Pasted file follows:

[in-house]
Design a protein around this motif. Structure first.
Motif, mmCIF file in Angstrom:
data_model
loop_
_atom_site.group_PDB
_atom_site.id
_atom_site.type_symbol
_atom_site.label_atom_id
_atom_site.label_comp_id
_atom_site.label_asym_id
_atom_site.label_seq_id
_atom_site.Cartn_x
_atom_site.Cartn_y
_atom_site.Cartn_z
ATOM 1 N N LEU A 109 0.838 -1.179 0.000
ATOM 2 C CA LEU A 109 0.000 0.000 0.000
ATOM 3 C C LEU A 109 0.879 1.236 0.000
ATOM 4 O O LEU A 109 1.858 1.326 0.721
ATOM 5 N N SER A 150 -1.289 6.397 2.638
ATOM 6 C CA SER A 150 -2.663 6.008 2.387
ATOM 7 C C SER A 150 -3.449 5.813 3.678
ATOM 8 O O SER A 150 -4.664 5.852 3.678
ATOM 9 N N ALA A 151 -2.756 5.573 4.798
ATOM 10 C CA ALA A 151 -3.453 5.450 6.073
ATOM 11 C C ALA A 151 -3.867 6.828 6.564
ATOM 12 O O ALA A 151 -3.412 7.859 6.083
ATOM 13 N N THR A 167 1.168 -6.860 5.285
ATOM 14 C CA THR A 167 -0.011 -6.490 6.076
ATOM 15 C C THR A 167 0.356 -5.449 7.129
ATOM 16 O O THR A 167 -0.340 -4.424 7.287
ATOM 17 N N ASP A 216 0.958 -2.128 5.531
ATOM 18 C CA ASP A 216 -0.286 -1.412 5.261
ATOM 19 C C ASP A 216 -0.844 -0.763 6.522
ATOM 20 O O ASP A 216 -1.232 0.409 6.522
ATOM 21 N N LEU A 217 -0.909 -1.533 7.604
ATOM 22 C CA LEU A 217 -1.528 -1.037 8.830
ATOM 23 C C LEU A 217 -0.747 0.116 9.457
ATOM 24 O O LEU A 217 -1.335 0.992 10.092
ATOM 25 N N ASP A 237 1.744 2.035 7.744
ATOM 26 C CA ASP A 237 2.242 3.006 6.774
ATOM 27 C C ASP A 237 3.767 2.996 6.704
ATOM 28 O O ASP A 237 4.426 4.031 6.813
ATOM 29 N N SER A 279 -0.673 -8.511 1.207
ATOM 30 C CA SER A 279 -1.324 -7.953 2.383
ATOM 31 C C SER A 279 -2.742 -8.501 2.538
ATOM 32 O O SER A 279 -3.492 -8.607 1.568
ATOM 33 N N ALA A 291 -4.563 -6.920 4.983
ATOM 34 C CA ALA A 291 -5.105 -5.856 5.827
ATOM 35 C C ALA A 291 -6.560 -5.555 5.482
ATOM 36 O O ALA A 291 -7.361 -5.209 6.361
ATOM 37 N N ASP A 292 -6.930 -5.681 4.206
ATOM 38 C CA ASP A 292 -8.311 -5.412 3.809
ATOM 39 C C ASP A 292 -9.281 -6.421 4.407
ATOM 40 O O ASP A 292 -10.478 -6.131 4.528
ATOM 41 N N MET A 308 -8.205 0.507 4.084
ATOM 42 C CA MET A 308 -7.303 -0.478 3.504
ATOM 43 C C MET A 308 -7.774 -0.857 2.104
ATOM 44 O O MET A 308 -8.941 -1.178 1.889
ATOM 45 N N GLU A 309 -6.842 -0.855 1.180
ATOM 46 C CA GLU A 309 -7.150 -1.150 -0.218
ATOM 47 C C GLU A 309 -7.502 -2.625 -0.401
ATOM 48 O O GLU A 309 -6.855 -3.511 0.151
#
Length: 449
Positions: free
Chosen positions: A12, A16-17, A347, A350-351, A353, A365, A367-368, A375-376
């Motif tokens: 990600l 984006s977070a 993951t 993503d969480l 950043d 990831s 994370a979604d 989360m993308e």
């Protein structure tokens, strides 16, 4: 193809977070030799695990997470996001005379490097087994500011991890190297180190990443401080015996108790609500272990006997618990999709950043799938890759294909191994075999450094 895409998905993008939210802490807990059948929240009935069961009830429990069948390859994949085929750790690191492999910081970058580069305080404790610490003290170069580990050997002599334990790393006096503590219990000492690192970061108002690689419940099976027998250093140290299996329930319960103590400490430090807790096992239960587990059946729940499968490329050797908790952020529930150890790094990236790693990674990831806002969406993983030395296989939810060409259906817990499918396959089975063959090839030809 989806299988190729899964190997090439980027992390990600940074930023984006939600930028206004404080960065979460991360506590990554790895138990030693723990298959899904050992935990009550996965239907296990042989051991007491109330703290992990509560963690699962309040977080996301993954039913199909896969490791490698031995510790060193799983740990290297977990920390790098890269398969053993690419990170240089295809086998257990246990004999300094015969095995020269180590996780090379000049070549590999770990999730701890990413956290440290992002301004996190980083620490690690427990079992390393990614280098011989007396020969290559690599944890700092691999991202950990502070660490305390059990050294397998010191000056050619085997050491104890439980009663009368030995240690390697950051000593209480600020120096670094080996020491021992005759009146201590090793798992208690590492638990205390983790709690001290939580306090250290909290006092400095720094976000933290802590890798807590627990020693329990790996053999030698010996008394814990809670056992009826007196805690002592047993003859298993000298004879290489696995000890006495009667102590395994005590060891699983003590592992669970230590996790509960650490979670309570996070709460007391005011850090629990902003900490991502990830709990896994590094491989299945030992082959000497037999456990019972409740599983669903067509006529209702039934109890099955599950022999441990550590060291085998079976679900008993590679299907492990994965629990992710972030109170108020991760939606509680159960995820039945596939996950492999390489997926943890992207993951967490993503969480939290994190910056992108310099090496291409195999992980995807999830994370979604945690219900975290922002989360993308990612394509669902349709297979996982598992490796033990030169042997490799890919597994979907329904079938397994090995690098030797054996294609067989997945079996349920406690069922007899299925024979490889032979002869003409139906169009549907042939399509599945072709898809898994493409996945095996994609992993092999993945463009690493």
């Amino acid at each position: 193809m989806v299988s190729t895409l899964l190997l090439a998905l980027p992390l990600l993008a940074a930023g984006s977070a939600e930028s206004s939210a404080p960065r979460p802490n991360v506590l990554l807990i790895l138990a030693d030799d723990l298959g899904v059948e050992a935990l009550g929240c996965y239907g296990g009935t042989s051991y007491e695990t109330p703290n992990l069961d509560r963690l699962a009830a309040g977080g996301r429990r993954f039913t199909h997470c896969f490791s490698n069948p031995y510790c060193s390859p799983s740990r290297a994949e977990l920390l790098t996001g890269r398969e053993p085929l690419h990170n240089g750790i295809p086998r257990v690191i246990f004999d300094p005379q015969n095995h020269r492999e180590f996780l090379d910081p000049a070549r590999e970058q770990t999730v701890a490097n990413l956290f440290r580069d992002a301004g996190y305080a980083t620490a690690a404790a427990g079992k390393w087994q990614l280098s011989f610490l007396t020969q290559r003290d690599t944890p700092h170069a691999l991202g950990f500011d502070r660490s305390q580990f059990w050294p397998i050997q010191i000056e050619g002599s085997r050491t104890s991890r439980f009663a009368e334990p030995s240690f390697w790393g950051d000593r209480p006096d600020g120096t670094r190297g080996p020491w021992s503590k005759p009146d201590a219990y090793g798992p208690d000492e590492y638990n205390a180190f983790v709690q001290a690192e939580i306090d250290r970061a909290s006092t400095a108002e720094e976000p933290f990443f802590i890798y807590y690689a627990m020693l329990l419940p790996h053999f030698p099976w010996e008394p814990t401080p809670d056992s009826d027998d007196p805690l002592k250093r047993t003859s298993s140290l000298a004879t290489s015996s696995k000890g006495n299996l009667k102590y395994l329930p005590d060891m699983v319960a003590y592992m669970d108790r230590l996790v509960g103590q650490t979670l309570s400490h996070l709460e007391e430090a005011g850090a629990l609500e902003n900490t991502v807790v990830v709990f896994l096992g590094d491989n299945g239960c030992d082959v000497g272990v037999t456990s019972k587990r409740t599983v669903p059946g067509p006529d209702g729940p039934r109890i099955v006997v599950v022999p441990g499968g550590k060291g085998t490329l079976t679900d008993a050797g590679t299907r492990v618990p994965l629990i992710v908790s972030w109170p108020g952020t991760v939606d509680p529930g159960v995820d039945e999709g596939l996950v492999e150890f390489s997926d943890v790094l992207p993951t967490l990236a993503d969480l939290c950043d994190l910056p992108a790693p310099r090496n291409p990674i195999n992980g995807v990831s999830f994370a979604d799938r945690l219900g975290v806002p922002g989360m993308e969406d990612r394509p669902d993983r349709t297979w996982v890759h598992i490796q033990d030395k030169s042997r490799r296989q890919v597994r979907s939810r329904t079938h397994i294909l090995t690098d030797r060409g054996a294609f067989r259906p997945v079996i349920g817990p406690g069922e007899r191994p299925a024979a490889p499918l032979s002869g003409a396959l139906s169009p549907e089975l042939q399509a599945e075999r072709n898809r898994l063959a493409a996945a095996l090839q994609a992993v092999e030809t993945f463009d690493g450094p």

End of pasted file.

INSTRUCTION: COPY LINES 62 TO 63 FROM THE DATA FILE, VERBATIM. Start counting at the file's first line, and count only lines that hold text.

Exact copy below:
ATOM 47 C C GLU A 309 -7.502 -2.625 -0.401
ATOM 48 O O GLU A 309 -6.855 -3.511 0.151